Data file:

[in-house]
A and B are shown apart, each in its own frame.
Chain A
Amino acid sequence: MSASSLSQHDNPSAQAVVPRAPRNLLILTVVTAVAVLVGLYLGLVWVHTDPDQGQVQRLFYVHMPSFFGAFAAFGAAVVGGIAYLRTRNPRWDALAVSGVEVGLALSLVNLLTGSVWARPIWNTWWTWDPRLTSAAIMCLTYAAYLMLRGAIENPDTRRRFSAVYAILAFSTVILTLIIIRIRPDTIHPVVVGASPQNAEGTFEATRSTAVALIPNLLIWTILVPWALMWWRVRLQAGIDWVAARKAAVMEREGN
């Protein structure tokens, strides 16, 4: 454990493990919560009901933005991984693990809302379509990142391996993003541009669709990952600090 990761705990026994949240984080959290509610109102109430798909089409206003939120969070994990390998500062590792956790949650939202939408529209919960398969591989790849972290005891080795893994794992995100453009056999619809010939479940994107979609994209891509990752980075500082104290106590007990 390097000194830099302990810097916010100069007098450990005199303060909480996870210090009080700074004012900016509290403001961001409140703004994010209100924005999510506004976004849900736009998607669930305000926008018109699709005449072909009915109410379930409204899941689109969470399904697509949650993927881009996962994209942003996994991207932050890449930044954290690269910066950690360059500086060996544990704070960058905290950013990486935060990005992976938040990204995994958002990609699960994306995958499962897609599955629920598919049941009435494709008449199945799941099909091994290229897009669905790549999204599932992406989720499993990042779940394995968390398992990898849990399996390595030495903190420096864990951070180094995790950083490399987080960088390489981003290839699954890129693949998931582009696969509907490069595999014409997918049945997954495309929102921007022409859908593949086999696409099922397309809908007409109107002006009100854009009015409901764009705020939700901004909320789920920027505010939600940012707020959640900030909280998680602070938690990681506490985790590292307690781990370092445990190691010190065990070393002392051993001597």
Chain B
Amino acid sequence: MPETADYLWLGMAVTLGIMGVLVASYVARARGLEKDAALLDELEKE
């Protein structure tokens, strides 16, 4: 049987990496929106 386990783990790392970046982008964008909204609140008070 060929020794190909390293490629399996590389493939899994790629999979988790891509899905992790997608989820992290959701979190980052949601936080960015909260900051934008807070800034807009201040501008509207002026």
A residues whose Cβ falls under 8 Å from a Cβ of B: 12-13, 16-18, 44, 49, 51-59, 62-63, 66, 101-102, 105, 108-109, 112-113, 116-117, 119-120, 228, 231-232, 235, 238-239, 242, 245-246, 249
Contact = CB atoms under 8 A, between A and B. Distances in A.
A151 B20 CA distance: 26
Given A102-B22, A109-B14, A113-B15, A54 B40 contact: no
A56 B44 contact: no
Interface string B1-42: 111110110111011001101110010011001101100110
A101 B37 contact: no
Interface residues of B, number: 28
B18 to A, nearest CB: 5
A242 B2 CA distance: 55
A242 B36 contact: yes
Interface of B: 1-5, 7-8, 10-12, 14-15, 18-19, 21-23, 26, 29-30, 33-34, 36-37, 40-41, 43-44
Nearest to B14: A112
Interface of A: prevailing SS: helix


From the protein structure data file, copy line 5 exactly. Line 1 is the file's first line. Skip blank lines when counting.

């Protein structure tokens, strides 16, 4: 454990493990919560009901933005991984693990809302379509990142391996993003541009669709990952600090 990761705990026994949240984080959290509610109102109430798909089409206003939120969070994990390998500062590792956790949650939202939408529209919960398969591989790849972290005891080795893994794992995100453009056999619809010939479940994107979609994209891509990752980075500082104290106590007990 390097000194830099302990810097916010100069007098450990005199303060909480996870210090009080700074004012900016509290403001961001409140703004994010209100924005999510506004976004849900736009998607669930305000926008018109699709005449072909009915109410379930409204899941689109969470399904697509949650993927881009996962994209942003996994991207932050890449930044954290690269910066950690360059500086060996544990704070960058905290950013990486935060990005992976938040990204995994958002990609699960994306995958499962897609599955629920598919049941009435494709008449199945799941099909091994290229897009669905790549999204599932992406989720499993990042779940394995968390398992990898849990399996390595030495903190420096864990951070180094995790950083490399987080960088390489981003290839699954890129693949998931582009696969509907490069595999014409997918049945997954495309929102921007022409859908593949086999696409099922397309809908007409109107002006009100854009009015409901764009705020939700901004909320789920920027505010939600940012707020959640900030909280998680602070938690990681506490985790590292307690781990370092445990190691010190065990070393002392051993001597």